Tuesday, March 24, 2009

Who are your Twitterfriends?

Most people are pretty honest in building their social network at sites like LinkedIn and Plaxo, connection to people with whom they have a real relationship. It also helps that if you want to connect with someone out of the blue, you often have to enter the person's email address.

Building your friendlist at microblogging site Twitter works differently though. On Twitter you send out your message to the world. Everytime you blurt something into the Twitterverse there's a good chance it gets picked up by someone you don't know. If they like your tweet, there's a good chance they'll start following you, and if you politely follow them back, you'll get into a new network, building your own. Networks on twitter can expand pretty fast to thousands of followers.

Stars of Le Web 2.0 often have massive lists of followers, like Barack Obama (555,878), iJustine (285,034) Guy Kawasaki (100,318), Robert Scoble (74,688). It's impossible to pay attention to everything your 'friends' say when you've got such a list to monitor. Chances are that you're barely able to follow about a 100 or 150 of them actively.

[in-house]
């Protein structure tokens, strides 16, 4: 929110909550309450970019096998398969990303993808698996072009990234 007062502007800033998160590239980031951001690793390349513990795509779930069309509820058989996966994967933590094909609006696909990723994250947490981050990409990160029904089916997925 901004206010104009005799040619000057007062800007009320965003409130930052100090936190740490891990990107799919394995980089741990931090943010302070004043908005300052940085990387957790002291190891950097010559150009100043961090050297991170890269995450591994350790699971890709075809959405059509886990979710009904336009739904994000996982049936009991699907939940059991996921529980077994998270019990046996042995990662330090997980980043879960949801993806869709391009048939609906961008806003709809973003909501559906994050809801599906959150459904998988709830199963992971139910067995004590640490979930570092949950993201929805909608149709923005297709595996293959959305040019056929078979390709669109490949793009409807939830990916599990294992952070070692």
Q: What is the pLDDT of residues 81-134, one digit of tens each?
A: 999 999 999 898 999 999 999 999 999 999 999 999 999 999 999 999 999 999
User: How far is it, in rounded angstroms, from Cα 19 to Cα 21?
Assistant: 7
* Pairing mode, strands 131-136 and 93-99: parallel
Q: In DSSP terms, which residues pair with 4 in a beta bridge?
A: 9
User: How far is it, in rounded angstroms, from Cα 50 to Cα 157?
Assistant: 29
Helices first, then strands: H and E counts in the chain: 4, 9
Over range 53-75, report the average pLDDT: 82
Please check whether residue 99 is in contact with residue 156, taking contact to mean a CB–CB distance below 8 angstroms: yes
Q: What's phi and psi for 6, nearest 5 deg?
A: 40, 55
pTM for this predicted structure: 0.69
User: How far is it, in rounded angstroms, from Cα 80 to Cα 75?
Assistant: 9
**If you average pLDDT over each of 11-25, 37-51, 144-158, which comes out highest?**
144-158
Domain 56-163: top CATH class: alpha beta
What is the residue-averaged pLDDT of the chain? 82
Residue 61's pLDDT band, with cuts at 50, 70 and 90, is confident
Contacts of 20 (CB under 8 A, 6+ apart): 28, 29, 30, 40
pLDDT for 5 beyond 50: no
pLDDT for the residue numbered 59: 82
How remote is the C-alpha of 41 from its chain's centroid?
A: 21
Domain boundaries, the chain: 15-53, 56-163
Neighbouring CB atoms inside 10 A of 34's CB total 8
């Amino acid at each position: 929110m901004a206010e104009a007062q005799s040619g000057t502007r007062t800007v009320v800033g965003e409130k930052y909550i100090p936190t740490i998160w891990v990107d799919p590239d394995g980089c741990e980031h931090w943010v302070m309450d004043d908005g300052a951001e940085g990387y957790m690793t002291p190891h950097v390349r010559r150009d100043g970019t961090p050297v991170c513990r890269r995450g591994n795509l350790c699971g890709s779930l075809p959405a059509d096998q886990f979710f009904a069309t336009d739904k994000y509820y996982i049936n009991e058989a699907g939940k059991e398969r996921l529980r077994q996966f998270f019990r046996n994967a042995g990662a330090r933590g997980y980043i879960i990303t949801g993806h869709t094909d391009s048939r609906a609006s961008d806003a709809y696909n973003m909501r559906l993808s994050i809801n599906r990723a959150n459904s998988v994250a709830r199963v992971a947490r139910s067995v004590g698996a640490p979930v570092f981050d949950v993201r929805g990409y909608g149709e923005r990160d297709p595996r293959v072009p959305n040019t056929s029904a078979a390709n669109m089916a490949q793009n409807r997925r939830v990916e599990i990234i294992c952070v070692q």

One of the nice tools that plug into Twitter is the Mailana social network analysis system, which taps into millions of messages, tweets and pulls up a nice graph of your Network. If your list of followers has grown too big to manage and you start to forget who your real friends are, maybe it's time to pull up a graph of your own to see who you've been interacting with. The image below is my Twittersphere, which you can explore here.

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Friday, December 05, 2008

Is it Web 3.0 time?

Aside from Pownce shutting down , today looks a pretty fine day as both FaceBook Connect and Google Friend Connect emerge from closed beta into the wide public. Both these projects will undoubtedly boost social networking immensely. John McCrea of Plaxo posted quite a nice blog today on "the birth of the Social Web" as he called it: